By PJ Parrish
My husband does the grocery shopping in our house. He’s a sucker for buy-one-get-one free. He can’t resist, bless his little hunting-and-gathering heart. I just did a tour of our closets and pantry. We have four bottles of Gardini’s Caesar Dressing, three six-packs of Swiss Miss cocoa mix, five cans of Edge shaving cream, six bags of Greenie dog treats and 52 rolls of toilet paper.
The other day, after hitting the garden section at Home Depot, I popped the trunk to load in my mulch only to find the trunk stuffed with four 8-roll packs of Bounty paper towels. He knows we have no room for this in our small house, and this is a bit of a marital turf war, but he can’t help himself. Why buy just one if you can get three at a great price?
Okay, he did come home the other day with four bottles of my favorite pinot. It was buy-one-get-one day at Publix. Wine can go a long ways to soothing the savage wife.
Who can resist a real bargain? Buy-one-get-one-free packaging is a time-honored ploy to hook customers. Musicians have been onto this since the Great Vinyl Age. TV specials and movies are routinely packaged as one box-set either as physical discs or streaming options. (Being a Luddite, I treasure my CD box-set of the complete original Star Trek).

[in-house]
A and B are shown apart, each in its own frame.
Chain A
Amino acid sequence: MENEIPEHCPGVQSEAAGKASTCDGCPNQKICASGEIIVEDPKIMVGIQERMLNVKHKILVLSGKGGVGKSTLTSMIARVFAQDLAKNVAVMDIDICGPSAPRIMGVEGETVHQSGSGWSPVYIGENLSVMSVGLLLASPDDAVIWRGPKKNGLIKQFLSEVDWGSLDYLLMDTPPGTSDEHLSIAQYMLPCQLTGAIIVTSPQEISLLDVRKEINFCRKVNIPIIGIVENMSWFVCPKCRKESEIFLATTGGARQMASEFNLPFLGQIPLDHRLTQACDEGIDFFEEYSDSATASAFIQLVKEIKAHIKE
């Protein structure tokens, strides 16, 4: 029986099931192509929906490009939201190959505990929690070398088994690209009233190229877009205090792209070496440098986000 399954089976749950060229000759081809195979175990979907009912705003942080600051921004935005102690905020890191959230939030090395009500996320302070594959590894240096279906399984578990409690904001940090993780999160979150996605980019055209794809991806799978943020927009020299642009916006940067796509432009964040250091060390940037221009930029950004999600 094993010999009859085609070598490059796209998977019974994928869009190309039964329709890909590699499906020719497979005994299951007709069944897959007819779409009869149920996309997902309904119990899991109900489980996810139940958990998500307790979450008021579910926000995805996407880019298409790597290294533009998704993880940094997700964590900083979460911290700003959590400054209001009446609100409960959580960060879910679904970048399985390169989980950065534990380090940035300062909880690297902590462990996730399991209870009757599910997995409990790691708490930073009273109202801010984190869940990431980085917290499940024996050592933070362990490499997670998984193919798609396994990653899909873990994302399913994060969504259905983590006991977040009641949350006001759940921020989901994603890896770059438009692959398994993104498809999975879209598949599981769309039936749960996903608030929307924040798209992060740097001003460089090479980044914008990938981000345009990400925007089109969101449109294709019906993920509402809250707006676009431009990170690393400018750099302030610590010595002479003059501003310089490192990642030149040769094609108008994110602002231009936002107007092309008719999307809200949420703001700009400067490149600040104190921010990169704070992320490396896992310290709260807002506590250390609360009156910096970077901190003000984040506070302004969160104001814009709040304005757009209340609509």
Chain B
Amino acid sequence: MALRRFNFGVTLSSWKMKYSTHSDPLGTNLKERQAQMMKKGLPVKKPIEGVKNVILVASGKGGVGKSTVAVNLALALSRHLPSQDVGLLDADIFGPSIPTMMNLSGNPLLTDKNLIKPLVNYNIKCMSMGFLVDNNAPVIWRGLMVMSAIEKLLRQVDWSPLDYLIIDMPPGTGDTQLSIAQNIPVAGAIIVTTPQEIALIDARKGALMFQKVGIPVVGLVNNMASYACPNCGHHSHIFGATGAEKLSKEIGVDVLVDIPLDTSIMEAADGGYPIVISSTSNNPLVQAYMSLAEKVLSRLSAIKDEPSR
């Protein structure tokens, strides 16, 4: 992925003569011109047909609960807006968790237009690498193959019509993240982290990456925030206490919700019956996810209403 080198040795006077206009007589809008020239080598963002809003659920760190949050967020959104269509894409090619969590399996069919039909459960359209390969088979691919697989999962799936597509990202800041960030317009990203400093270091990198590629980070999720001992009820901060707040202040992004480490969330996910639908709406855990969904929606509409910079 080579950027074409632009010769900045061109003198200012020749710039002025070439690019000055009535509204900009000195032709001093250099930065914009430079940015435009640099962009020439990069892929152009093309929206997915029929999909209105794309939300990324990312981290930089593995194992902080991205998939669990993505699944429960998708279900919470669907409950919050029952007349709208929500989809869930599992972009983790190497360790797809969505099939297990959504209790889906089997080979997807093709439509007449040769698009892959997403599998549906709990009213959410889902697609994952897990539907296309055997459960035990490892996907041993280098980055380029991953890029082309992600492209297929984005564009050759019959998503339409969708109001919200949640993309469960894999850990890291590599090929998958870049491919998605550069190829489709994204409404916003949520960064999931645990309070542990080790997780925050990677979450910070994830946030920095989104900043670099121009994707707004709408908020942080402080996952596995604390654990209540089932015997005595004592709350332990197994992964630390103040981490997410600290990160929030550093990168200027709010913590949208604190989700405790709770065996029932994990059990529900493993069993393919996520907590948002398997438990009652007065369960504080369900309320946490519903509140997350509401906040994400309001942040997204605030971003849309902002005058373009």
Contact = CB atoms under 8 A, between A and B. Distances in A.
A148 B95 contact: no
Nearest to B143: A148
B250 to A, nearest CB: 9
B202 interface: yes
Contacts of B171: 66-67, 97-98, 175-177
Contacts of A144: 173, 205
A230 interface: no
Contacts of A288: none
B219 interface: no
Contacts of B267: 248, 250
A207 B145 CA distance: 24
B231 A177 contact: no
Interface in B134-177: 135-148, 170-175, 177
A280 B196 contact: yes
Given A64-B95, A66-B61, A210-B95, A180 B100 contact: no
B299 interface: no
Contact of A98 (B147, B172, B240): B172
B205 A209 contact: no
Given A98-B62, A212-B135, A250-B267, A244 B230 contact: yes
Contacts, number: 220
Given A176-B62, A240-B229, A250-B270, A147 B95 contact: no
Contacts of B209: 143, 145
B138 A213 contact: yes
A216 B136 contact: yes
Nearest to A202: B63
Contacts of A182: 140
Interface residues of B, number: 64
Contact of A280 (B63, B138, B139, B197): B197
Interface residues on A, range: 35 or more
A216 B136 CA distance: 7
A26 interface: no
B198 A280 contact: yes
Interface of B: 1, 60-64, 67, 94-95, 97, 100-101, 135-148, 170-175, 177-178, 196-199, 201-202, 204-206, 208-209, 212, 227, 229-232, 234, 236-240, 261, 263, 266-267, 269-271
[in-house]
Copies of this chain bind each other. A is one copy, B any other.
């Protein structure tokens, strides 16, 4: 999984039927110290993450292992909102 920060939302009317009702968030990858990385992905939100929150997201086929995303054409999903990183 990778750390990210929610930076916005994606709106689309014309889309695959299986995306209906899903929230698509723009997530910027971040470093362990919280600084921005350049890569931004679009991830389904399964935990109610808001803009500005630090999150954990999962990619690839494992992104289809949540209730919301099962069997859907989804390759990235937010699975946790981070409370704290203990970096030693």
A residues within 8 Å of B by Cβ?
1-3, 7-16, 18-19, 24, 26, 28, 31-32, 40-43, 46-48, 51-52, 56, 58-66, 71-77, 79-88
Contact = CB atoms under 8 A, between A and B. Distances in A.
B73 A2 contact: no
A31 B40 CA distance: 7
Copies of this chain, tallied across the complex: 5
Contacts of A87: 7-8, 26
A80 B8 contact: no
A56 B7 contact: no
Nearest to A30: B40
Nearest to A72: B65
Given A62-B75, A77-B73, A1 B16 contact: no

I realize this post isn’t for everyone. But if you already have some books out there, you might considering bundling. Bundled books can stoke new interest in old titles, especially if you a series, because readers love to move easily from one book to the next. Or perhaps, you’ve written books on one subject — like our own James here does with his series on fiction craft. Even if you’re still slaving away on that first book, file this away for the future marketing option.
I’m writing about this today only because my sister Kelly and I have finally gotten around to doing this. Today marks the debut of our first bundle in our Louis Kincaid series. I don’t usually go in for blatant self-promotion, but even if you don’t buy it, go check it out just to see if it might work for you.